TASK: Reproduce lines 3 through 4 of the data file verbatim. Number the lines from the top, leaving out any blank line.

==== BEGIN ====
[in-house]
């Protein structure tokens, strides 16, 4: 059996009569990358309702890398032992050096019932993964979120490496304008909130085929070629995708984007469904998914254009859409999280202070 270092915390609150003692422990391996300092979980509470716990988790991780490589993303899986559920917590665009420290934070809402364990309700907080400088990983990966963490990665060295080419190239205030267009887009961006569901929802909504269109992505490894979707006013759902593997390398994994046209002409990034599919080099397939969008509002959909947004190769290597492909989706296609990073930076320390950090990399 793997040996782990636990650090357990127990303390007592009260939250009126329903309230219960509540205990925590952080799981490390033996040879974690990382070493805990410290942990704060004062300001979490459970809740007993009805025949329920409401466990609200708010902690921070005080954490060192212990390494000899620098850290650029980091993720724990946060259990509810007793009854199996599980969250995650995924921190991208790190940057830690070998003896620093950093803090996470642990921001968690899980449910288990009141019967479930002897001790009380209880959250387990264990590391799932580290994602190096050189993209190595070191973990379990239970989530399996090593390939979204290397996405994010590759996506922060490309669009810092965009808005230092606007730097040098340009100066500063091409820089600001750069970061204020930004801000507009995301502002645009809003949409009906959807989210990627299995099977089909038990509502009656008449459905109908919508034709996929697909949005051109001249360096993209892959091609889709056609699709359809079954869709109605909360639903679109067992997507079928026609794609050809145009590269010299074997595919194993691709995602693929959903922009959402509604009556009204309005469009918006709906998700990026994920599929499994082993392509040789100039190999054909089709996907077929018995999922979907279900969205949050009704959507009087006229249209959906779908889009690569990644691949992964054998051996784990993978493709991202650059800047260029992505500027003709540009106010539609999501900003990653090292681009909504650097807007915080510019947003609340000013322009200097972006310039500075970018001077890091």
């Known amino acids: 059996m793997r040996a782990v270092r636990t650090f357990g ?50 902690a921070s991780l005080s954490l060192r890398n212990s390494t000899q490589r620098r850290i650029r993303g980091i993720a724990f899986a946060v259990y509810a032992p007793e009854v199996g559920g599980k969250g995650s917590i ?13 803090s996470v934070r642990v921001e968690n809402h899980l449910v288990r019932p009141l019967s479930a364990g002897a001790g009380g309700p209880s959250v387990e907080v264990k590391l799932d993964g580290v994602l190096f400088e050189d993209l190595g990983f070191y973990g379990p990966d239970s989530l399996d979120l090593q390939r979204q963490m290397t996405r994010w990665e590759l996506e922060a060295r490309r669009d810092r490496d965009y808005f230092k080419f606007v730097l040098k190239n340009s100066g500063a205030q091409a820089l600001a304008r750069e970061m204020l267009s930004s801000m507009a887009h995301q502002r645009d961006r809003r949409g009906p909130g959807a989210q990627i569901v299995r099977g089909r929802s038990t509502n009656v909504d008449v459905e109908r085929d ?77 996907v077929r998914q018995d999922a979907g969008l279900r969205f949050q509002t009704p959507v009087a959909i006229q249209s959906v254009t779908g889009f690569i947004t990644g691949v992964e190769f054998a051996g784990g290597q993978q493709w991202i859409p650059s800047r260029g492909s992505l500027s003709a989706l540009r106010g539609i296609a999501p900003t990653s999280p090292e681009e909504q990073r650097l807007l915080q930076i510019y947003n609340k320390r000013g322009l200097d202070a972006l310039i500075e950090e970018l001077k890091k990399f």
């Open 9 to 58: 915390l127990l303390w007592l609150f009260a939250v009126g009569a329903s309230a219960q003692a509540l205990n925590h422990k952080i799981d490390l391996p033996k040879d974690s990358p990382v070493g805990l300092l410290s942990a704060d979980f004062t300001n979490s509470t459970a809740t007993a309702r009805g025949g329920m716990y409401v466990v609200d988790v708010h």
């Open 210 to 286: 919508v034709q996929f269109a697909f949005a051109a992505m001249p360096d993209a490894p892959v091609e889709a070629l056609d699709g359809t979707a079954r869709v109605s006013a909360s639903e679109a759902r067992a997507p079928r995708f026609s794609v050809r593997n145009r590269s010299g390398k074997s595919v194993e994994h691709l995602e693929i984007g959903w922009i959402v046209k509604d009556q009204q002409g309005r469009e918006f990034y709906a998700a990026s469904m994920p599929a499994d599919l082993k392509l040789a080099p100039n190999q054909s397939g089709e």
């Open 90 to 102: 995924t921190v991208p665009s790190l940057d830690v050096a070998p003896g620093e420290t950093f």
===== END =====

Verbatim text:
């Known amino acids: 059996m793997r040996a782990v270092r636990t650090f357990g ?50 902690a921070s991780l005080s954490l060192r890398n212990s390494t000899q490589r620098r850290i650029r993303g980091i993720a724990f899986a946060v259990y509810a032992p007793e009854v199996g559920g599980k969250g995650s917590i ?13 803090s996470v934070r642990v921001e968690n809402h899980l449910v288990r019932p009141l019967s479930a364990g002897a001790g009380g309700p209880s959250v387990e907080v264990k590391l799932d993964g580290v994602l190096f400088e050189d993209l190595g990983f070191y973990g379990p990966d239970s989530l399996d979120l090593q390939r979204q963490m290397t996405r994010w990665e590759l996506e922060a060295r490309r669009d810092r490496d965009y808005f230092k080419f606007v730097l040098k190239n340009s100066g500063a205030q091409a820089l600001a304008r750069e970061m204020l267009s930004s801000m507009a887009h995301q502002r645009d961006r809003r949409g009906p909130g959807a989210q990627i569901v299995r099977g089909r929802s038990t509502n009656v909504d008449v459905e109908r085929d ?77 996907v077929r998914q018995d999922a979907g969008l279900r969205f949050q509002t009704p959507v009087a959909i006229q249209s959906v254009t779908g889009f690569i947004t990644g691949v992964e190769f054998a051996g784990g290597q993978q493709w991202i859409p650059s800047r260029g492909s992505l500027s003709a989706l540009r106010g539609i296609a999501p900003t990653s999280p090292e681009e909504q990073r650097l807007l915080q930076i510019y947003n609340k320390r000013g322009l200097d202070a972006l310039i500075e950090e970018l001077k890091k990399f």
């Open 9 to 58: 915390l127990l303390w007592l609150f009260a939250v009126g009569a329903s309230a219960q003692a509540l205990n925590h422990k952080i799981d490390l391996p033996k040879d974690s990358p990382v070493g805990l300092l410290s942990a704060d979980f004062t300001n979490s509470t459970a809740t007993a309702r009805g025949g329920m716990y409401v466990v609200d988790v708010h």